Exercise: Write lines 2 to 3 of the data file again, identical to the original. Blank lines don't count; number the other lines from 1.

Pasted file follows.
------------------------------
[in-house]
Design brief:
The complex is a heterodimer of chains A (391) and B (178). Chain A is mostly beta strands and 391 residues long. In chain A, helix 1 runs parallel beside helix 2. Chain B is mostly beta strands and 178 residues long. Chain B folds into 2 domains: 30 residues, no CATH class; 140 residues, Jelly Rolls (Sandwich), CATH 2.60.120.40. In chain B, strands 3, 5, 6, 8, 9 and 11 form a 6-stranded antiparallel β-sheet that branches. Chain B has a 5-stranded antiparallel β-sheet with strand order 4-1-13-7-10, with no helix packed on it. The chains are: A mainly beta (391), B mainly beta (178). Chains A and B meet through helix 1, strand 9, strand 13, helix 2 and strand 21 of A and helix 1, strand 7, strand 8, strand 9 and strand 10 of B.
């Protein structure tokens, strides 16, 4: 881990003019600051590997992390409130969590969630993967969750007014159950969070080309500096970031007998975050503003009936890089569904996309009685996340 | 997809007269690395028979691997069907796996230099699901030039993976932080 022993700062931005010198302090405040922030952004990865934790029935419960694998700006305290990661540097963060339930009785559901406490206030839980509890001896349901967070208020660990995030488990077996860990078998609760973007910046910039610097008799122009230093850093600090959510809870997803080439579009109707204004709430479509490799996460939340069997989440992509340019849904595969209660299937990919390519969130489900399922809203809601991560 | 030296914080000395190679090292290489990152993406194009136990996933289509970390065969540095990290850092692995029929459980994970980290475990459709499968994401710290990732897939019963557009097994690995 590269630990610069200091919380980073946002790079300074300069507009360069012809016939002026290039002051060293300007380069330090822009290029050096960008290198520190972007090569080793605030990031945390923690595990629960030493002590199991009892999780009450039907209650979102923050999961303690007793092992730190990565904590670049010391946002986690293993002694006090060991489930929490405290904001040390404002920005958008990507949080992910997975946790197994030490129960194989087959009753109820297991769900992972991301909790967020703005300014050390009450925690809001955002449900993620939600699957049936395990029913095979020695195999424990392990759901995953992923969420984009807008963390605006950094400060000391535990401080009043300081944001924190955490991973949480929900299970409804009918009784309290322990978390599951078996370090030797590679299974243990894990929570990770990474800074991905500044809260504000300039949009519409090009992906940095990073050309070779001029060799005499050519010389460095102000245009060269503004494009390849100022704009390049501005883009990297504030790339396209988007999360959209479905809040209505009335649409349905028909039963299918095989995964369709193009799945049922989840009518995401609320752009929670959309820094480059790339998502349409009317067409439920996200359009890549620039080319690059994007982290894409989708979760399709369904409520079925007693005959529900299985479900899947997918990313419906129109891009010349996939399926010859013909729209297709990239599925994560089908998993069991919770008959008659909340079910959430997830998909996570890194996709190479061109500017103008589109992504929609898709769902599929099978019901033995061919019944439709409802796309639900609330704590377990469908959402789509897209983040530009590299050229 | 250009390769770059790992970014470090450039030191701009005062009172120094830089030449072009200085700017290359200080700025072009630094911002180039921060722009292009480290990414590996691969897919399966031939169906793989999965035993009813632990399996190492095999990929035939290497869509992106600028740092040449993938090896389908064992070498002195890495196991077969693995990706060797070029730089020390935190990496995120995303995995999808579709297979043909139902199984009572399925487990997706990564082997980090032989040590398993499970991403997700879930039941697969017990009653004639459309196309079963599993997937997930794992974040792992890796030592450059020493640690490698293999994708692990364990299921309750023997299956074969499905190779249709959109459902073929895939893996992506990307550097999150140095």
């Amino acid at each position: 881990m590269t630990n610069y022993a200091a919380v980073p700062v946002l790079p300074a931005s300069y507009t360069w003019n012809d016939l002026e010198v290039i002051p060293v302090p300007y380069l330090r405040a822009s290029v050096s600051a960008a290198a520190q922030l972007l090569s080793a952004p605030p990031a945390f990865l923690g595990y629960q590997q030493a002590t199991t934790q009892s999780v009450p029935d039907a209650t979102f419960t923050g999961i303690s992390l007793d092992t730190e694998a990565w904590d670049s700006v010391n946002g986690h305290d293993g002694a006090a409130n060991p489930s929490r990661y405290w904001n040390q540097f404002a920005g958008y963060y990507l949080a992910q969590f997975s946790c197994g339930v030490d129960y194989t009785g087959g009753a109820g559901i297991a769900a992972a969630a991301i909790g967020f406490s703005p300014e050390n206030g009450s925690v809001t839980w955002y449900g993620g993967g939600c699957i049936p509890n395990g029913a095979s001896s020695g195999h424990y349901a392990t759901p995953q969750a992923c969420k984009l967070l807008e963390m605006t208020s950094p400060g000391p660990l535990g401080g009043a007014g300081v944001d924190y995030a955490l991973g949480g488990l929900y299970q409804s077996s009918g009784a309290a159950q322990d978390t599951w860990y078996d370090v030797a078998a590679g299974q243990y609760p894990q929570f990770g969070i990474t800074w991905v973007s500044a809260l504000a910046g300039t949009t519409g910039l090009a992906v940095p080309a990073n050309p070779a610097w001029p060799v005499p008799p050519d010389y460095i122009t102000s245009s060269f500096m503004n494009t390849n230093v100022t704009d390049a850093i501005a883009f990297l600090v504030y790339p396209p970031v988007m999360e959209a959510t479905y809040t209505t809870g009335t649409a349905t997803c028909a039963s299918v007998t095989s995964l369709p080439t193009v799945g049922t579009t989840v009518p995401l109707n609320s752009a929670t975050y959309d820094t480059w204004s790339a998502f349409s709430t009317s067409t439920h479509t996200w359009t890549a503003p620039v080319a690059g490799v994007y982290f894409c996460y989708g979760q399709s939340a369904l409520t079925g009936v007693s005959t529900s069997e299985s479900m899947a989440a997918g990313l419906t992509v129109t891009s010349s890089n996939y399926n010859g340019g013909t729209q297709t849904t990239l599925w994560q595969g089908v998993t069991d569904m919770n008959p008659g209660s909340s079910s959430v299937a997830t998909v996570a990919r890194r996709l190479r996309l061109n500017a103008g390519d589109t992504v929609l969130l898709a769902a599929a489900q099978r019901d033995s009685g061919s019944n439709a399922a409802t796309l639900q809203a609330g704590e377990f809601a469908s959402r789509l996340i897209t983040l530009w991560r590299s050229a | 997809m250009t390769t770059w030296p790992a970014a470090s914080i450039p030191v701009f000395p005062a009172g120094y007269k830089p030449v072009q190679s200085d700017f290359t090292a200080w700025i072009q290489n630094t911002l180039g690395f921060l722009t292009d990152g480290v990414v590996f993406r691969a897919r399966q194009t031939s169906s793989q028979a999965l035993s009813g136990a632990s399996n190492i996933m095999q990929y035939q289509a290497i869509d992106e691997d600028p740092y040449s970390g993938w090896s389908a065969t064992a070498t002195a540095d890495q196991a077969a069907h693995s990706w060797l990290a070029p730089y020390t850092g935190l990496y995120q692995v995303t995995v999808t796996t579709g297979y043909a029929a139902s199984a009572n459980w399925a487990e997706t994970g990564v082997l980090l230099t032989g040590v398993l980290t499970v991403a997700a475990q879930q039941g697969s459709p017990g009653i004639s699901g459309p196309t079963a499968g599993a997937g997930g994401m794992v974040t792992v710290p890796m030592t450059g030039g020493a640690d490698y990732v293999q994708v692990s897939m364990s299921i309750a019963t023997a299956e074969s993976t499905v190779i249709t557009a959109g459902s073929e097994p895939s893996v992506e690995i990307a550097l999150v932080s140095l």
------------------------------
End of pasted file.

Design brief:
The complex is a heterodimer of chains A (391) and B (178). Chain A is mostly beta strands and 391 residues long. In chain A, helix 1 runs parallel beside helix 2. Chain B is mostly beta strands and 178 residues long. Chain B folds into 2 domains: 30 residues, no CATH class; 140 residues, Jelly Rolls (Sandwich), CATH 2.60.120.40. In chain B, strands 3, 5, 6, 8, 9 and 11 form a 6-stranded antiparallel β-sheet that branches. Chain B has a 5-stranded antiparallel β-sheet with strand order 4-1-13-7-10, with no helix packed on it. The chains are: A mainly beta (391), B mainly beta (178). Chains A and B meet through helix 1, strand 9, strand 13, helix 2 and strand 21 of A and helix 1, strand 7, strand 8, strand 9 and strand 10 of B.